The other program you recommended, eBoostr, is also an excellent option.

  2. Anonymous, thank you for your suggestion, and for taking the time to write in. Process Tamer is a great utility, which I might review in a future post. However, it serves a different purpose: it throttles back the CPU usage of greedy programs - also a very useful function - whereas Instant Memory Cleaner tackles memory usage. BTW, my new favorite task manager, AnVir, also can do what Process Tamer does.

  3. I'm getting the time code error that the author of IMC mentions. His web site suggests changing the date format from YYYY/MM/DD to DD/MM/YYYY or MM/DD/YYYY. Any idea how to do that? When I try to adjust the date/time settings through the control panel, I get a clock and a calendar. I see no way to change the format in the way suggested.

  4. Thanks for writing in again, Anonymous (if you are the same one). I'm sorry, I have not encountered the error you mention, so I'll have to guess. Try Regional and Language Options in the Control Panel; then click Customize. There you can change the date format.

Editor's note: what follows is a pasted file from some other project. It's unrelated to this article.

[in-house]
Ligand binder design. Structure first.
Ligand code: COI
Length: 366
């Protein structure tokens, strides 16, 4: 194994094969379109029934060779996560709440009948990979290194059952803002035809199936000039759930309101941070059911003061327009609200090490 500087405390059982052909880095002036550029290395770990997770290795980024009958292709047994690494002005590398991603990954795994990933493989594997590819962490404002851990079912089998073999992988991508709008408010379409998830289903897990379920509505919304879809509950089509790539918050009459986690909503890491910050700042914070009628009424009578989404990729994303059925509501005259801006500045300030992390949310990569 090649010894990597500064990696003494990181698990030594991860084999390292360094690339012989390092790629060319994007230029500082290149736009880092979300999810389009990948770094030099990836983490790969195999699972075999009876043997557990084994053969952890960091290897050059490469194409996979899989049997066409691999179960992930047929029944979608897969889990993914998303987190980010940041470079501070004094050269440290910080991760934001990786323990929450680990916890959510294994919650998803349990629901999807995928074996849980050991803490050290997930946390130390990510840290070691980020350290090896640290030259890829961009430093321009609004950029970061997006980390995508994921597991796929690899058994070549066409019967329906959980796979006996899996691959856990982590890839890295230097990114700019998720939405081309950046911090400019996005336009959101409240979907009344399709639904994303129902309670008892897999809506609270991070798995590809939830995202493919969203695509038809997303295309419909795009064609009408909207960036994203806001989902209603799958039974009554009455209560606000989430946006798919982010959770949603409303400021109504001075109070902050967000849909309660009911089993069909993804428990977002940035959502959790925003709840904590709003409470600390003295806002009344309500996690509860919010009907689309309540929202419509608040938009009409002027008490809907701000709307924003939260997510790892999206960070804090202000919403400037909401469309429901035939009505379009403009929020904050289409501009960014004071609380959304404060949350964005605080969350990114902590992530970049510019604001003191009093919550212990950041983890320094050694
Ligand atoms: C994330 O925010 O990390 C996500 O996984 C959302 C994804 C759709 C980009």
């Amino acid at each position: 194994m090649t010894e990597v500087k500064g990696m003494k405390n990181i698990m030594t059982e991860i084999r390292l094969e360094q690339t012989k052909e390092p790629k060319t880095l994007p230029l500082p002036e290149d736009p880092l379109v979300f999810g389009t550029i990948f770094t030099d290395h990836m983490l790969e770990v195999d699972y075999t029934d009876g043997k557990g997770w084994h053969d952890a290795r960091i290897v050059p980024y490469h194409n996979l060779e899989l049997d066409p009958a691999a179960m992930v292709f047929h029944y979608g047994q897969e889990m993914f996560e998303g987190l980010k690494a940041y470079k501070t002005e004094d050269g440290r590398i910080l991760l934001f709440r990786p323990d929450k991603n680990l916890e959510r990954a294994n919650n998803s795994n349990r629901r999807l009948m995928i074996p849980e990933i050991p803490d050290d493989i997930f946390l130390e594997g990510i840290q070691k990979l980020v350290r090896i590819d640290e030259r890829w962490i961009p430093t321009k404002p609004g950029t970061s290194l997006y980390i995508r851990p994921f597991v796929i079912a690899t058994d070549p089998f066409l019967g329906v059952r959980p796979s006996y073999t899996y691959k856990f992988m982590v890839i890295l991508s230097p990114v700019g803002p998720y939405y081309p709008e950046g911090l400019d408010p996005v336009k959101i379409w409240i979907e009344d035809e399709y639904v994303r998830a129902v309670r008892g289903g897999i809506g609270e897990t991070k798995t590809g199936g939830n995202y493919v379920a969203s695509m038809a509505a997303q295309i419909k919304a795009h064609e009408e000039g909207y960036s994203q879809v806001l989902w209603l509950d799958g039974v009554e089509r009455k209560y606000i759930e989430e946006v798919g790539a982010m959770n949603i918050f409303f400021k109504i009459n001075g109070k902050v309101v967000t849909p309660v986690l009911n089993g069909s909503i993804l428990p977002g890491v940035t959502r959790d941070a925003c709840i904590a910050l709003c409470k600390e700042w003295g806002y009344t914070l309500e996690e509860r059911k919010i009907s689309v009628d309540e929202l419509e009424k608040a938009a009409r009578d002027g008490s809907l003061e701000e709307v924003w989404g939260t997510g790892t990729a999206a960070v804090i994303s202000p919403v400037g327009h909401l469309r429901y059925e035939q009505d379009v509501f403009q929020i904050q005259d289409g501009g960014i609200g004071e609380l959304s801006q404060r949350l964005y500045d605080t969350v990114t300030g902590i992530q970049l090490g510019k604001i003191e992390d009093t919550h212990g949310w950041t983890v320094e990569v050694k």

I hope this helps!

  5. Sorry, Anon 1 and 2 are different.
    2 here now.
    I tried the regional options, and it look like my date format is the recommended format. Same result on 2 different computers. I guess the only thing to do now is email Vasilios and see what he says.

  6. Anon 2 again. Unfortunately Vasilios has never written back, so it looks like I won't be able to see if IMC will work.

  7. Hi Jonathan! Your blog is a great resource for utilities and reviews!

    I would like to mention some better "RAM Cleaners":
    MemInfo: http://www.carthagosoft.net/meminfo.htm
    FreeRAM XP Pro: http://www.yourwaresolutions.com/software.html
    RAMPage: http://www.jfitz.com/software/RAMpage/


  8. Ayush, thank you for taking the time to comment, and for your compliments. As for our suggestions, I am familiar with the three RAM cleaners you mentioned. I stand by my endorsement of IMC, which works a bit differently that those you mentioned, for the circumstances when it is needed (as described in my post). In fact, the RAMpage site admits that for Windows NT and up, it shouldn't have any effect. These utilities do place a handy RAM usage gauge in the system tray, but my favorite task manager, AnVir, does that too. Thank you again for visiting my blog!